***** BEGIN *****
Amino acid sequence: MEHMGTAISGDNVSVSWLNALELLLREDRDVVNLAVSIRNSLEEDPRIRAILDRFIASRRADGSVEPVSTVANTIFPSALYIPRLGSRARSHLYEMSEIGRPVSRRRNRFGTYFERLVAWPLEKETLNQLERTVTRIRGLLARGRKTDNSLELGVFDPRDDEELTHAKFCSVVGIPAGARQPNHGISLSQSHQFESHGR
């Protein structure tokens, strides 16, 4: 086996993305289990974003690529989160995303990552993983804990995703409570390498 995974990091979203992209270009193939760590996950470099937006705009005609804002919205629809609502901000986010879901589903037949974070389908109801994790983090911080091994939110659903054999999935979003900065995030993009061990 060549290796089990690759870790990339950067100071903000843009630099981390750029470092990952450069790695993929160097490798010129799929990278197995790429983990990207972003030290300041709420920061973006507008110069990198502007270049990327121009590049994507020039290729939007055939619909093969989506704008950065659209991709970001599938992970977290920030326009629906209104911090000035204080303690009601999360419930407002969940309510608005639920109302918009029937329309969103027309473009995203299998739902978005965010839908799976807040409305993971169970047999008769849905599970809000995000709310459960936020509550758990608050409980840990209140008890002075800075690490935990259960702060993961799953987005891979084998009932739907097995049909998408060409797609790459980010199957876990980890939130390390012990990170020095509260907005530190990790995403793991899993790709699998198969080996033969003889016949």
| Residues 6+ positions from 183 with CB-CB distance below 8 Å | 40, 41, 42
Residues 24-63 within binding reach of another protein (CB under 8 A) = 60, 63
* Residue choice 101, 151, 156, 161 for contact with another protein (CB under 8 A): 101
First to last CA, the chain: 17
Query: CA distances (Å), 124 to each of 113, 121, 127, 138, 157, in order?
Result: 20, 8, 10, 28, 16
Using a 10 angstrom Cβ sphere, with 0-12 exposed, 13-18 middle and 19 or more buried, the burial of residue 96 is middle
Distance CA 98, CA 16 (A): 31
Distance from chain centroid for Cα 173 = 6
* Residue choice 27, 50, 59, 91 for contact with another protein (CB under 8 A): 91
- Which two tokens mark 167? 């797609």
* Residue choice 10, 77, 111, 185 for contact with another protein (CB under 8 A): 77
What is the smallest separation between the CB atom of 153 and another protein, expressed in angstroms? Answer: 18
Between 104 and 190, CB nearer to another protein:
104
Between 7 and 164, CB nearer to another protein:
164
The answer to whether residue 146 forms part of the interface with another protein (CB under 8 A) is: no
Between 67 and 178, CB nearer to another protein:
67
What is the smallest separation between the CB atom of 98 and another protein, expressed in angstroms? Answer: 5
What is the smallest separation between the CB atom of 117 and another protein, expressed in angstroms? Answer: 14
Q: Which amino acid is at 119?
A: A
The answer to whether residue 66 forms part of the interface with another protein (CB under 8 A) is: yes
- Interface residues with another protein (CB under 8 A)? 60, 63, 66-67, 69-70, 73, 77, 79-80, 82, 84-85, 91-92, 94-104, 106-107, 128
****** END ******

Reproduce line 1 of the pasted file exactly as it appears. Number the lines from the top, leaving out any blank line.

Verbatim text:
Amino acid sequence: MEHMGTAISGDNVSVSWLNALELLLREDRDVVNLAVSIRNSLEEDPRIRAILDRFIASRRADGSVEPVSTVANTIFPSALYIPRLGSRARSHLYEMSEIGRPVSRRRNRFGTYFERLVAWPLEKETLNQLERTVTRIRGLLARGRKTDNSLELGVFDPRDDEELTHAKFCSVVGIPAGARQPNHGISLSQSHQFESHGR